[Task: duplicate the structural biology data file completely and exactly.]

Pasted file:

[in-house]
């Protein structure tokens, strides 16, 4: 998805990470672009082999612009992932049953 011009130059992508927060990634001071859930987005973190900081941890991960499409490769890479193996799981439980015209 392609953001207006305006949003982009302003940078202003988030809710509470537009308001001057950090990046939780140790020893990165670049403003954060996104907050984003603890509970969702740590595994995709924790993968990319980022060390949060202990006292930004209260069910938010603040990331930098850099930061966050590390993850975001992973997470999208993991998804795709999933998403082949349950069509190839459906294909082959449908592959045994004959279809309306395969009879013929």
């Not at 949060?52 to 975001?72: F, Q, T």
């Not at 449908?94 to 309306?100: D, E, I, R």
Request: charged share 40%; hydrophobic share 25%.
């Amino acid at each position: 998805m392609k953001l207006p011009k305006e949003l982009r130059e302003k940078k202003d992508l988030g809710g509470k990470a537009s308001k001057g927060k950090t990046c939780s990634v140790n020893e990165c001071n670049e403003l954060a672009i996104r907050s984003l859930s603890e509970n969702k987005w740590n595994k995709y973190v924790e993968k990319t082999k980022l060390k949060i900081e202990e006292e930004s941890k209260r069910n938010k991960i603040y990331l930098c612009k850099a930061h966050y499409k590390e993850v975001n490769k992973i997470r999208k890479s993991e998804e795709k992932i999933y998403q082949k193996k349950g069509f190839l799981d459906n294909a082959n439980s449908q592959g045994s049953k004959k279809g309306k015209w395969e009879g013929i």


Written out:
[in-house]
């Protein structure tokens, strides 16, 4: 998805990470672009082999612009992932049953 011009130059992508927060990634001071859930987005973190900081941890991960499409490769890479193996799981439980015209 392609953001207006305006949003982009302003940078202003988030809710509470537009308001001057950090990046939780140790020893990165670049403003954060996104907050984003603890509970969702740590595994995709924790993968990319980022060390949060202990006292930004209260069910938010603040990331930098850099930061966050590390993850975001992973997470999208993991998804795709999933998403082949349950069509190839459906294909082959449908592959045994004959279809309306395969009879013929």
């Not at 949060?52 to 975001?72: F, Q, T």
């Not at 449908?94 to 309306?100: D, E, I, R």
Request: charged share 40%; hydrophobic share 25%.
């Amino acid at each position: 998805m392609k953001l207006p011009k305006e949003l982009r130059e302003k940078k202003d992508l988030g809710g509470k990470a537009s308001k001057g927060k950090t990046c939780s990634v140790n020893e990165c001071n670049e403003l954060a672009i996104r907050s984003l859930s603890e509970n969702k987005w740590n595994k995709y973190v924790e993968k990319t082999k980022l060390k949060i900081e202990e006292e930004s941890k209260r069910n938010k991960i603040y990331l930098c612009k850099a930061h966050y499409k590390e993850v975001n490769k992973i997470r999208k890479s993991e998804e795709k992932i999933y998403q082949k193996k349950g069509f190839l799981d459906n294909a082959n439980s449908q592959g045994s049953k004959k279809g309306k015209w395969e009879g013929i």